The first multivariate regression model (model 1) included dust from all three indoor microenvironments (main living area, bedroom, and office). The parameter estimates, standard errors, and p-values of model 1 are presented in Table 3. The overall model was statistically significant (p=0.04) and explained 45% of the variation in serum ΣPentaBDEs, but individual variables were not significant. ΣPentaBDEs in main living area and bedroom dust represent exposure to ΣPentaBDEs in the home environment and predicted serum ΣPentaBDEs in univariate models, but they were also moderately correlated with one another. The results of model 1 suggest that including these two exposure measures together may not be the most parsimonious model in predicting ΣPentaBDEs in serum.
Table 3
Table 3
Multivariate models predicting ΣPentaBDEs in serum (ng/g lipid)
We previously reported that ΣPentaBDEs in handwipes were a predictor of ΣPentaBDEs in serum (r=0.44, p=0.01) [12], therefore we included handwipes in two different multivariate regression models, one with main living area dust and one with bedroom dust. Main living area dust and handwipes explained a larger portion of variability of ΣPentaBDEs in serum (R2=0.55) compared to the model with bedroom dust and handwipes (R2=0.38). As bedroom dust and handwipes were moderately correlated (r = 0.39), they may partially be a measure of exposure from the same microenvironment. Taking these factors into consideration, the final model (model 2) included main living area dust to reflect exposure in the home, and handwipes to reflect exposure in the office. The parameter estimates, standard errors, and p-values for model 2 are shown in Table 3.
The overall model 2 was statistically significant (p=0.0004) and predicted 55% of the variation in serum ΣPentaBDEs. Main living area dust was a significant predictor of ΣPentaBDEs in serum (p=0.001), with those in the high category having 3.7 (e1.31) times the ΣPentaBDEs in their serum compared to those in the low category (p=0.002), and those in the medium category having 4.1 (e1.40) times the ΣPentaBDEs in their serum compared to the low category (p=0.0006). However, ΣPentaBDEs in serum were not statistically different between the high and medium main living area dust categories (p=0.8). Handwipes were also statistically significant predictors of ΣPentaBDEs in serum (p=0.007), with those in the high handwipe category having 3.0 (e1.11) times the PentaBDEs in their serum compared to the low handwipe category (p=0.005), and those in the medium category having 2.9 (e1.07) times the ΣPentaBDEs in their serum compared to the low handwipe category (p=0.007).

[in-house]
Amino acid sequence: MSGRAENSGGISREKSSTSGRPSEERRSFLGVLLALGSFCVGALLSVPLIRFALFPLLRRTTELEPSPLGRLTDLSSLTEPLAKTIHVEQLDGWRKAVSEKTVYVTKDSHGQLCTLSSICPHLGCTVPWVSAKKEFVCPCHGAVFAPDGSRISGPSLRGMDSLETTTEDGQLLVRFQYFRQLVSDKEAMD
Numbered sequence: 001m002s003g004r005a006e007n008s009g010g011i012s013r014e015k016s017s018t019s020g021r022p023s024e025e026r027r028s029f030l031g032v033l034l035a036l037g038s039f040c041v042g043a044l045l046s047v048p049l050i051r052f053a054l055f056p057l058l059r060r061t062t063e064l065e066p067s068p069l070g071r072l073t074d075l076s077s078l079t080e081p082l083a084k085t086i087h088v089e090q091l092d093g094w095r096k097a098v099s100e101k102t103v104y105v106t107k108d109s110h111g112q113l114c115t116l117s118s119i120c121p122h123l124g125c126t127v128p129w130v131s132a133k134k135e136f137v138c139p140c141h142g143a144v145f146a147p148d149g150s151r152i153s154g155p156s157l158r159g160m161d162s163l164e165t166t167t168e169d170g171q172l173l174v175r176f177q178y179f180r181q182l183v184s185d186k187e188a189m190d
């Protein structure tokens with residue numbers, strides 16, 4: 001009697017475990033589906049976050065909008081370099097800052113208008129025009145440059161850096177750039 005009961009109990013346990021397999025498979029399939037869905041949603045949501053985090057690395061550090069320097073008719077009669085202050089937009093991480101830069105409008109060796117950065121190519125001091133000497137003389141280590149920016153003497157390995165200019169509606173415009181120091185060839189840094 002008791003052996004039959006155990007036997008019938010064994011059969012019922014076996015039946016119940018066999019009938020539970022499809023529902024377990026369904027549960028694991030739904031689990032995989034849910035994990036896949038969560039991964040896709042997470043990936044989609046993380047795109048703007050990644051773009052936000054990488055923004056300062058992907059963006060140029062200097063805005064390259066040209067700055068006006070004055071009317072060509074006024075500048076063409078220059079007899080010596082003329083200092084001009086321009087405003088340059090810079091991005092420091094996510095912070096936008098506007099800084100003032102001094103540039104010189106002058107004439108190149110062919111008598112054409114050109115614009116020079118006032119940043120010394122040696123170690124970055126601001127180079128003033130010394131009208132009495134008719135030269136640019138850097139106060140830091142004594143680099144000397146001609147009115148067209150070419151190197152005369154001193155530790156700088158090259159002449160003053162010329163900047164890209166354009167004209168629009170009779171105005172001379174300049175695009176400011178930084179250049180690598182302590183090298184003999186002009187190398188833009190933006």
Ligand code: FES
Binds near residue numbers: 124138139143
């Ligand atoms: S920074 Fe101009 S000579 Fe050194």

Previous studies have shown associations between house dust and biological measures of PentaBDEs [1618], but little is known about the biological relevance of exposure in offices and vehicles. This is the first comprehensive study of exposure to PentaBDEs across multiple microenvironments. By collecting dust samples from the home, office, and vehicle of each participant, paired with a serum sample, we were able to examine the relative contribution of dust exposure in these microenvironments to PentaBDE body burden. Diet has also been associated with biological measures of PentaBDEs [18, 23], but has never been evaluated concurrently with dust exposure from multiple microenvironments. Administering a food frequency questionnaire allowed us to simultaneously examine exposure via indoor dust and diet, the two main exposure pathways thought to contribute to PentaBDE body burdens in the US.
Exposure in the home
ΣPentaBDE concentrations in dust from main living areas and bedrooms were the strongest predictors of ΣPentaBDEs in serum, suggesting that exposure to dust in the home might be the most important contributor to PBDE body burden. Although geometric mean concentrations of ΣPentaBDEs in office and vehicle dust were higher than those measured in homes, differences in behavior and the amount of time spent in each microenvironment likely explains the larger contribution of the home environment to PentaBDE body burden. For example, behavior in offices is usually limited to sitting at a desk with a computer, whereas behavior in the home varies greatly and includes activities such as cleaning, sitting/laying on older foam furniture, or playing on the floor with children, which likely results in greater contact with dust.